At the end of 1908 Edith Södergran contracted tuberculosis, probably as a result of infection from her father. A cure appeared to be possible and she was sent to the same sanatorium at Nummela where her father had died. The next five years were spent mostly in sanatoria, first at Nummela, then at Davos in Switzerland until 1914. The sanatorium at Nummela was the largest in Finland and even in Scandinavia. Loup de Fages describes it as `a massive building, white and cold, in Germanic style, isolated in the woods at the edge of a lake which even to this day has retained a beauty that is wholly wild'. Tideström gives an account, based on a diary impression, of how Edith Södergran looked at this time: `She was small built, slightly emaciated and comparatively small in stature. She looked tired and limp, she was pale and had "dark circles under her eyes". The limpness was only external, however. Her inner unrest and tension is witnessed to by a later jotting, which notes that she was always upset and nervous before medical examinations, which were rendered the more difficult by her irregular and shallow breathing.'
The time in Nummela contained a crisis in Edith Södergran's life. `Her external appearance was neglected. She was even "ugly, dirty, oily", says an observer, who at the same time stresses that there was an extraordinarily great difference between the young girl as she appeared during the time at Nummela and the worldly and elegant lady who later returned from Switzerland' She concealed her terror of her illness under a habit of answering drolly and sharply to questions. In all, she presented a somewhat eccentric appearance, and there is reason to believe that her illness was then less physical than psychological: `When the time came round for the doctors' visit, she had usually disappeared... She would be discovered on the roof of the kitchens...' Once she made a proposal of marriage to one of the male doctors at the establishment. Needless to say, this was refused. `Some people took pity on the mother, who had no authority over her daughter, and sought to explain the peculiarities of the young girl by saying that she was spoilt and that she came from a Russian background Others, including the female director of the establishment, saw in all this merely a mild derangement of the mind. To the patients who came into contact with her it was clear that they had to do with a person who was lively, original to the highest degree, but lacking in equilibrium, intelligent, mild, and yet coldly critical, now sarcastic or cuttingly ironic, now on the contrary gentle and benevolent, outwardly reserved yet burning inwardly.'
She did not stay at Nummela all the time. Over a period of two and a half years she left and re-entered the sanatorium no less than five times. As soon as she felt the slightest bit better she would leave for Raivola. She dreamt of going to a women's college where she could pursue her studies of literature and philosophy. At Nummela she made extensive use of the library.
In 1911 Edith Södergran refused to stay at Nummela any longer. She wanted to go to Switzerland, and in January 1912 she and her mother set off for Davos. The Davos of this time has been extensively described by Thomas Mann in his novel The Magic Mountain.* The hothouse atmosphere of sanatorium life, the stark contrast between material luxury and inner spiritual misery, the frantic search for pleasure in the face of death, the petty scandals and storms in teacups, the black flags, symbolising death, which hung from the windows of the sanatoria-all these need no further elaboration here. The Södergrans stayed at Hotel Meierhof, which is still standing, while Edith received medical attention at the sanatorium of Davos-Dorf. At the sanatorium she was placed under the care of a man who was to become very important to her, Doctor Ludwig von Muralt. This former assistant of Eugen Bleuler had a keen interest in problems of psychiatry, although he had been compelled to relinquish his post with Bleuler owing to the activation of an old lung tuberculosis, and to seek the healthier climate of Davos, where he occupied the position of head doctor. At Davos he had become particularly interested in the psychological effects of tuberculosis. When Edith Södergran met him she was able to describe him in one of her English compositions for her teacher of English, an Australian lady called Miss Jenkins: `...something quiet and superior, charming and mild under a morose appearance... His hands have an expression of firmness and cleverness. His feet are perhaps a little long, but the sound of his steps is like exquisite music. His eyes are grey, but with a greenish sparkle, when he is smiling or amused. He speaks German with a Swiss accent, powerful and ingenuous.' This was not the first time she had let her feelings centre on an older man, as the episode with Henri Cottier reminds us. And again there was no chance of it being a happy love affair. She felt inferior to Muralt, submitted to him, and thought of him as `the impossible'. Her feelings can be observed in this fragment from another English "composition":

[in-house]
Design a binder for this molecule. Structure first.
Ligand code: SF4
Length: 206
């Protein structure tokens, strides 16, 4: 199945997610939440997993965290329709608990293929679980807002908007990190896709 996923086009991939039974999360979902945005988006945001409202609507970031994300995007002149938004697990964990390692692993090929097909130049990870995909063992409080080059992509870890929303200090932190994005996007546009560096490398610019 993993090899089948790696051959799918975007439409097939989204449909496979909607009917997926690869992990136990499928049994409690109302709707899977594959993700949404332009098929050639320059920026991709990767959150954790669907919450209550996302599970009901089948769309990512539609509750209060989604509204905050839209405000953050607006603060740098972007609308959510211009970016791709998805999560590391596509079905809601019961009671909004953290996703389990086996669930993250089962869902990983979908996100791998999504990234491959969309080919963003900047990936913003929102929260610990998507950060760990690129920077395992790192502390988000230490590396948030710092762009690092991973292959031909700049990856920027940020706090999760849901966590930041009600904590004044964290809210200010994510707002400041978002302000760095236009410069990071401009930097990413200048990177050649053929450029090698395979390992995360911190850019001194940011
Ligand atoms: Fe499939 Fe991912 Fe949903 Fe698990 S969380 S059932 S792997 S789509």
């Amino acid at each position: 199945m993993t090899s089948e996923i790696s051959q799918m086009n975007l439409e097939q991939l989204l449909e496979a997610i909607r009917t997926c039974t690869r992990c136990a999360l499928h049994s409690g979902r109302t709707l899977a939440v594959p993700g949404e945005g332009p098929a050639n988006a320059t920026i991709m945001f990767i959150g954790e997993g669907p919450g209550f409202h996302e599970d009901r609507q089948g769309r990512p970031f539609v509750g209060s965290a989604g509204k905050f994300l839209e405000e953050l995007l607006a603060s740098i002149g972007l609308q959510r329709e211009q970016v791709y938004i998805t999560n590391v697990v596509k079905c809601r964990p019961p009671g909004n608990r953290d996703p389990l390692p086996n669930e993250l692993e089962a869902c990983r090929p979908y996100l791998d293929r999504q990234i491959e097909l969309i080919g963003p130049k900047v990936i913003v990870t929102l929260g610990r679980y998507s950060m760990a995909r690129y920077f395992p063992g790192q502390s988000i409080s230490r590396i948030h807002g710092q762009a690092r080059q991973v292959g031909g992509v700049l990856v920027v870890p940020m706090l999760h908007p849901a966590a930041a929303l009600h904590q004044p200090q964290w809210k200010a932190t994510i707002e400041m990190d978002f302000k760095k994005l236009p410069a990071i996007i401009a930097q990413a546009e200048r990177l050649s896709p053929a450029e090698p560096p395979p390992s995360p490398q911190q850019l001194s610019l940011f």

Today I had a great misfortune, which has broken my forces and my energy, so that every word and every step is an enormous effort to me. Never mind I write this composition. I will tell you my sad story of this morning... As I knocked at the door of the waiting-room, there came out the head of dr Muralt. Instead of inviting me a(nd) saying to me nearly this: `Please, enter! Excuse me, that my arms are naked. Here is my darling between the pneumothoraxes and here is Professor Wilms from Heidelberg,' he looked at me furiously and said `Please, wait a moment.'(to be continued)
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